It’s now believed, CyberScoop reports, that six US Federal civilian agencies have been affected by the DNS-hijacking campaign that prompted the Department of Homeland Security to issue Emergency Directive 19-01 this week. Representative James Langevin (Democrat of Rhode Island) has asked the Department to brief the House Homeland Security Committee on the matter. Private security firms, FireEye prominent among them, have said they see signs of Iranian sponsorship of recent DNS-hijacking campaigns.
BuzzFeed reports that the Integrity Initiative, a project of the Institute for Statecraft (a British think tank) has apparently been hacked, with stolen material appearing in Russian outlets Sputnik and RT, framed in stories alleging the Initiative's role in fomenting anti-Russian sentiment. The Integrity Initiative has devoted considerable attention to exposing Russian information operations. The UK's National Cyber Security Centre and others are examining the Initiative's servers and its employees' devices for evidence of compromise. Suspicion, on grounds of motive and a priori probability, has turned toward Moscow, but the investigation is still young, and the Integrity Initiative has taken its content offline until further notice.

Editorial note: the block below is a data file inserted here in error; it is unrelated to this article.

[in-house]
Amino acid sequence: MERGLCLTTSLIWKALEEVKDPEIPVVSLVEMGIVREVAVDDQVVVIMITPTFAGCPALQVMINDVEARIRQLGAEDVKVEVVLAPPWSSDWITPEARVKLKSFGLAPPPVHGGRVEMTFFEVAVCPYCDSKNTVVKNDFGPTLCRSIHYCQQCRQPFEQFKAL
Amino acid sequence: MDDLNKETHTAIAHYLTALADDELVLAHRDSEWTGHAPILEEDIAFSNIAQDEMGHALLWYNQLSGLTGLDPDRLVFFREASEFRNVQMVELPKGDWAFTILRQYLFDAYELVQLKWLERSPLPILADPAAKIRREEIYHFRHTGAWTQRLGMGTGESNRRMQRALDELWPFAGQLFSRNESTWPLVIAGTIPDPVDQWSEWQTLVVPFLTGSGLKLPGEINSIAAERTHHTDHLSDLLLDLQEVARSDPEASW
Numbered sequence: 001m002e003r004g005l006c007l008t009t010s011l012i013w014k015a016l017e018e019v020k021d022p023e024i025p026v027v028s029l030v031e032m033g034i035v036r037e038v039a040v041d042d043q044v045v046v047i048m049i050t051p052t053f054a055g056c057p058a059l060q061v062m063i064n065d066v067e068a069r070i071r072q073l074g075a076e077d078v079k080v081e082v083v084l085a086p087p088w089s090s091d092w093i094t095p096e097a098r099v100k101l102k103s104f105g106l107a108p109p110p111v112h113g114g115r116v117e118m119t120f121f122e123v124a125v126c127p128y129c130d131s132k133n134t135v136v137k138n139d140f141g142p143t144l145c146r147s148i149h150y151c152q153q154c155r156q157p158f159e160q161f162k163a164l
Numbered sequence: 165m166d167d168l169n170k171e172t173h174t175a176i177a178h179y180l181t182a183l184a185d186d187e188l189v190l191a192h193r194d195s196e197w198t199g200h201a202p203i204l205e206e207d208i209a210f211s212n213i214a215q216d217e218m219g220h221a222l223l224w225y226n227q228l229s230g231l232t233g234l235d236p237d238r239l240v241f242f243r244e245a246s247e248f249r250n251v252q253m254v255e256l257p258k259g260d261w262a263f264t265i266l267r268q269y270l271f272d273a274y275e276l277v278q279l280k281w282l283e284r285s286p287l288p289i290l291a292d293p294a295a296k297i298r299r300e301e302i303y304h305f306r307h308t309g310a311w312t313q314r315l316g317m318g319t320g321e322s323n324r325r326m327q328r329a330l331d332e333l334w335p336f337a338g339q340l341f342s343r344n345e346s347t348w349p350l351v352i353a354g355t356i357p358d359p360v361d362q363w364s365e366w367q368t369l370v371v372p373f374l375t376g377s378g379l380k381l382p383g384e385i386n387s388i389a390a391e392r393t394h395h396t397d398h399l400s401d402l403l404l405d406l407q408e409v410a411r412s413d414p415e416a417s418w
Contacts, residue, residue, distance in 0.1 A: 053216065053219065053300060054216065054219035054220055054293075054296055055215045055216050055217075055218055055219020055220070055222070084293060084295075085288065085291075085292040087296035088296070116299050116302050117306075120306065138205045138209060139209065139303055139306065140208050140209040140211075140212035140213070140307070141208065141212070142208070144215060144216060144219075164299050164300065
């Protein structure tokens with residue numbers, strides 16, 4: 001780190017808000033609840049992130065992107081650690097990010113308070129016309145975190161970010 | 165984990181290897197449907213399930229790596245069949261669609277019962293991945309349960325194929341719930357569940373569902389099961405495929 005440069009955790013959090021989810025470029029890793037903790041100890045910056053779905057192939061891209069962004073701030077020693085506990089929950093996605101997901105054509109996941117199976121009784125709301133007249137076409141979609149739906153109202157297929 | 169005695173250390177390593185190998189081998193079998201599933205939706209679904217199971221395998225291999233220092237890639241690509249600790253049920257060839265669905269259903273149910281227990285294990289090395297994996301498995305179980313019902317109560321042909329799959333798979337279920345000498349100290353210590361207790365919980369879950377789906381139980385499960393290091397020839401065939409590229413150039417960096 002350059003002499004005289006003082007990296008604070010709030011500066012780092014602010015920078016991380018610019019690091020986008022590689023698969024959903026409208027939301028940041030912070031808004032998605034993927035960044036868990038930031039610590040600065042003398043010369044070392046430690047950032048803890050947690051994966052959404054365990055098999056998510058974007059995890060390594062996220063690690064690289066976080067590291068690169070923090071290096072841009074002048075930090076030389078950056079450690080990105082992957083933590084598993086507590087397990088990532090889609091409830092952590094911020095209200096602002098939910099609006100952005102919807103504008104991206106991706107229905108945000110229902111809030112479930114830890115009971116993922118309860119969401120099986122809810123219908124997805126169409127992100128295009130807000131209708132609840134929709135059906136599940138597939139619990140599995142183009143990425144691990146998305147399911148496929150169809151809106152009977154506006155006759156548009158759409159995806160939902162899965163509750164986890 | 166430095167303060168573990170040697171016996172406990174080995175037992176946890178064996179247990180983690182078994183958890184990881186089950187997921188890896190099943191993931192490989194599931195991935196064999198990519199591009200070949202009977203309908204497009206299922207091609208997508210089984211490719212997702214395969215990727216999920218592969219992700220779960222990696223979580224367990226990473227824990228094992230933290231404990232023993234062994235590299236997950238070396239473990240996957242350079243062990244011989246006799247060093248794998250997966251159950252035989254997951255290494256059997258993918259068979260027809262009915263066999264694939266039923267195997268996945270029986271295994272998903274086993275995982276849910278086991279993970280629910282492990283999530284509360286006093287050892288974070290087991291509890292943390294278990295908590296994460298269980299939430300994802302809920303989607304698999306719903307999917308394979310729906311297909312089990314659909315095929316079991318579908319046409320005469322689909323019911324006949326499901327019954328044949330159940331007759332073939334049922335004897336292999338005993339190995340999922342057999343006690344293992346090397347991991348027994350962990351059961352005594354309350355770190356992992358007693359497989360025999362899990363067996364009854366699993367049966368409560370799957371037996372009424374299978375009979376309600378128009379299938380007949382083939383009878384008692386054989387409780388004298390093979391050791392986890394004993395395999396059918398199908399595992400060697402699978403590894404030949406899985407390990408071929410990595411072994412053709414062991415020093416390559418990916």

Researcher Bob Diachenko has provided details on the exposure of more than 24 million financial and banking documents in an unsecured Elastisearch database. The documents, mostly pertaining to loans and mortgages from large US banks, were exposed, TechCrunch says, by a third-party document management vendor widely used by the financial industry.